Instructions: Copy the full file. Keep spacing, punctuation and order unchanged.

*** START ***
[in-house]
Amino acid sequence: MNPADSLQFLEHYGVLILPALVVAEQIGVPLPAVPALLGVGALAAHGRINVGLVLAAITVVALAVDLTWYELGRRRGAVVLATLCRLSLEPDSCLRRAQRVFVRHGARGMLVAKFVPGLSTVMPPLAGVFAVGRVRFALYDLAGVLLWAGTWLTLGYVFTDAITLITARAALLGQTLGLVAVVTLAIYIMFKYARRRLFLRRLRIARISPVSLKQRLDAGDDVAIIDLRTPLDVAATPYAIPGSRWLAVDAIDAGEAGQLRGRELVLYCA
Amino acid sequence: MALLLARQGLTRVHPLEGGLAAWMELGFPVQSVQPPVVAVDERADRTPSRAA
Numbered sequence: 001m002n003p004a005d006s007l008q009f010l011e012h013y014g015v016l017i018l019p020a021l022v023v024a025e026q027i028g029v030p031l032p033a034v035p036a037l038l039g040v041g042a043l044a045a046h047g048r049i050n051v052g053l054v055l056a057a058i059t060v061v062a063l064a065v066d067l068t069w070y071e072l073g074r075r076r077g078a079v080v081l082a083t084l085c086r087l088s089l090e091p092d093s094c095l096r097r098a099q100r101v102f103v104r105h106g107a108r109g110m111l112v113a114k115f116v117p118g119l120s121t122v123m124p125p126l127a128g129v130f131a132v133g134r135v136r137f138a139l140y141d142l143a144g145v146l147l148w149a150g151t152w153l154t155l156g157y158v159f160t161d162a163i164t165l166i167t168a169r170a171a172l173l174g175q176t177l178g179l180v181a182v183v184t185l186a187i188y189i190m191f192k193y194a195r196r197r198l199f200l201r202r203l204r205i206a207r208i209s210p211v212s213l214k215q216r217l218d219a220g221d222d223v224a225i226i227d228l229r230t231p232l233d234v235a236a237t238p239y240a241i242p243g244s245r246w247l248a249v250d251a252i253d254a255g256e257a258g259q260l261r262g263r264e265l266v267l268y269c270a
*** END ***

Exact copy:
[in-house]
Amino acid sequence: MNPADSLQFLEHYGVLILPALVVAEQIGVPLPAVPALLGVGALAAHGRINVGLVLAAITVVALAVDLTWYELGRRRGAVVLATLCRLSLEPDSCLRRAQRVFVRHGARGMLVAKFVPGLSTVMPPLAGVFAVGRVRFALYDLAGVLLWAGTWLTLGYVFTDAITLITARAALLGQTLGLVAVVTLAIYIMFKYARRRLFLRRLRIARISPVSLKQRLDAGDDVAIIDLRTPLDVAATPYAIPGSRWLAVDAIDAGEAGQLRGRELVLYCA
Amino acid sequence: MALLLARQGLTRVHPLEGGLAAWMELGFPVQSVQPPVVAVDERADRTPSRAA
Numbered sequence: 001m002n003p004a005d006s007l008q009f010l011e012h013y014g015v016l017i018l019p020a021l022v023v024a025e026q027i028g029v030p031l032p033a034v035p036a037l038l039g040v041g042a043l044a045a046h047g048r049i050n051v052g053l054v055l056a057a058i059t060v061v062a063l064a065v066d067l068t069w070y071e072l073g074r075r076r077g078a079v080v081l082a083t084l085c086r087l088s089l090e091p092d093s094c095l096r097r098a099q100r101v102f103v104r105h106g107a108r109g110m111l112v113a114k115f116v117p118g119l120s121t122v123m124p125p126l127a128g129v130f131a132v133g134r135v136r137f138a139l140y141d142l143a144g145v146l147l148w149a150g151t152w153l154t155l156g157y158v159f160t161d162a163i164t165l166i167t168a169r170a171a172l173l174g175q176t177l178g179l180v181a182v183v184t185l186a187i188y189i190m191f192k193y194a195r196r197r198l199f200l201r202r203l204r205i206a207r208i209s210p211v212s213l214k215q216r217l218d219a220g221d222d223v224a225i226i227d228l229r230t231p232l233d234v235a236a237t238p239y240a241i242p243g244s245r246w247l248a249v250d251a252i253d254a255g256e257a258g259q260l261r262g263r264e265l266v267l268y269c270a